It is also worth noting that Delaware Avenue itself is not actually under the control or maintenance of the Village of Kenmore; rather, it is a New York State Highway, and so is subject to New York State Department of Transportation’s rules and regulations regarding lane sizes, turn lanes, intersections, parking, signage, curb cuts, and the like.  This means that proposals relating to the roadway itself would face an additional layer of red tape in order to proceed, and overly radical concepts could face substantial opposition. Currently, Delaware Avenue in Kenmore is divided into only two lanes, one in either direction, with metered but unmarked parallel parking on either side of the street. Traffic management efforts are minimal, which has lead to traffic congestion and discouraged pedestrians from walking the neighborhood, as well as fostering the village’s reputation as a speed trap.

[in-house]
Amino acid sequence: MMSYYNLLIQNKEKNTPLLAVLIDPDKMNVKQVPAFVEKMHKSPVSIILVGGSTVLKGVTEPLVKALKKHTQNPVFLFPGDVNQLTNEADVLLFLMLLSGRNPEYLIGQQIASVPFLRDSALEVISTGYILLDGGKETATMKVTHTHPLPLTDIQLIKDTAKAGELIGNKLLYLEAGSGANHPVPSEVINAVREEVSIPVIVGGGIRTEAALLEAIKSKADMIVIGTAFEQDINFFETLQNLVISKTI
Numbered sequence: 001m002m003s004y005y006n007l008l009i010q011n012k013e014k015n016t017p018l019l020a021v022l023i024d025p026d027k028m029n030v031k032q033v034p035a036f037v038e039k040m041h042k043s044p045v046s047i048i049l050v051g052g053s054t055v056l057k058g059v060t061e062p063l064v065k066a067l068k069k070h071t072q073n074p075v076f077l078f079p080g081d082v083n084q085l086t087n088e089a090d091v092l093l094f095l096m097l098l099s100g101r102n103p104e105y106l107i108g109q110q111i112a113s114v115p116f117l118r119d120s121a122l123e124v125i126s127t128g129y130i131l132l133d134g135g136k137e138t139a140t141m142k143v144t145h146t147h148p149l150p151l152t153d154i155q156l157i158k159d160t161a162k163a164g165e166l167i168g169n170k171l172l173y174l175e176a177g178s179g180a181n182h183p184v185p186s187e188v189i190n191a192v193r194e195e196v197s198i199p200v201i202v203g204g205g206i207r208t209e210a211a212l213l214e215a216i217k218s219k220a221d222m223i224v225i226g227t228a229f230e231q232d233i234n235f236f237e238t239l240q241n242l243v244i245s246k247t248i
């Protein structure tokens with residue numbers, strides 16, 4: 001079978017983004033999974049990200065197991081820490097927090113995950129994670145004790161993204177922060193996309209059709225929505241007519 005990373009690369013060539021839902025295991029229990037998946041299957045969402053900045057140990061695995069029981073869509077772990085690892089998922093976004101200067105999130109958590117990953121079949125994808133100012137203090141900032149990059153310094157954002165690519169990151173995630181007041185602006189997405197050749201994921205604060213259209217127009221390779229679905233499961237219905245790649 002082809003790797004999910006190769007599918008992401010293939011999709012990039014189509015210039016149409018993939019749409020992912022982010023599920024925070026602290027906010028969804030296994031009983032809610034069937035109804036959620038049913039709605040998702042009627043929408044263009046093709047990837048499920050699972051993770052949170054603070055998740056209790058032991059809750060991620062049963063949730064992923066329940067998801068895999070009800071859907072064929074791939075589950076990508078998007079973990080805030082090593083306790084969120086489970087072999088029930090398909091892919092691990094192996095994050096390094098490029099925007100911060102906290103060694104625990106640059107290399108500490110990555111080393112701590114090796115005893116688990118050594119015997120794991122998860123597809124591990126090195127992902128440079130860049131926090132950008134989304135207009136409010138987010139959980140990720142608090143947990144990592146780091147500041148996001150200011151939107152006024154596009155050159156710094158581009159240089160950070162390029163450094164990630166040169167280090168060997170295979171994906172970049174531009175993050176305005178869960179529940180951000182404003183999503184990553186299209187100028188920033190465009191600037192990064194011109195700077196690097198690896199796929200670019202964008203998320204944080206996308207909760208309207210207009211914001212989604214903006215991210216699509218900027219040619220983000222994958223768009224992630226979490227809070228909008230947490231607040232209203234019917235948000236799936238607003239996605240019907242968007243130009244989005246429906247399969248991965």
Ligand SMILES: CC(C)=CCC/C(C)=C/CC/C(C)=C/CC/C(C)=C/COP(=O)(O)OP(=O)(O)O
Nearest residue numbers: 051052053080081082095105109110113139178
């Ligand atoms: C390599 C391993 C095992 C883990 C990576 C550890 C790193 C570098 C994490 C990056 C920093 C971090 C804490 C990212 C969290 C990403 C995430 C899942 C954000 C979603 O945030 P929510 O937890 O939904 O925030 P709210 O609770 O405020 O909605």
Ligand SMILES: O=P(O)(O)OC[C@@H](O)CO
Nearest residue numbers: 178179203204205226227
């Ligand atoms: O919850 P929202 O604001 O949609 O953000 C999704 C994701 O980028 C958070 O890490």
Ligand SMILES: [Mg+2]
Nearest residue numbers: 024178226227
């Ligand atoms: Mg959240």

The success of businesses in the Delaware Avenue Business District varies widely. The Delaware strip is home to several businesses which have operated successfully in Kenmore for many years, including Watson’s candy store, operating since 1946.  Hofert Jewelers, operating since 1929, and Mike’s Subs, operating since 1956, as well as other successful staples of varying ages such as Michael’s Florist, the Plaka diner, Malone’s bar and grill, and Condrell’s Candies. However, despite the success of these long running and viable businesses, as we spoke to numerous area business owners regarding the state of the Delaware strip’s business community, including at Marco’s Italian Deli, Elliot Travel, Hoelscher’s Meats, Watson’s Chocolates, and Hofert’s Jewelers, two major concerns arose.
One problem is high commercial vacancy rates and failure rates of new businesses that close their doors before they can manage to get established. As one example, the current home of Zaiqa Pakistani restaurant has changed ownership at least 3 times in recent years, previously housing a Kentucky Fried Chicken, Rocky Mountain Chocolate Company, and Palms Mediterranean restaurant. As another example, Dominic Hofert, current owner of Hofert’s Jewelers, said that the storefront next to his, which last housed a Mediterranean restaurant, has been vacant for more than 8 years. This is particularly troublesome consid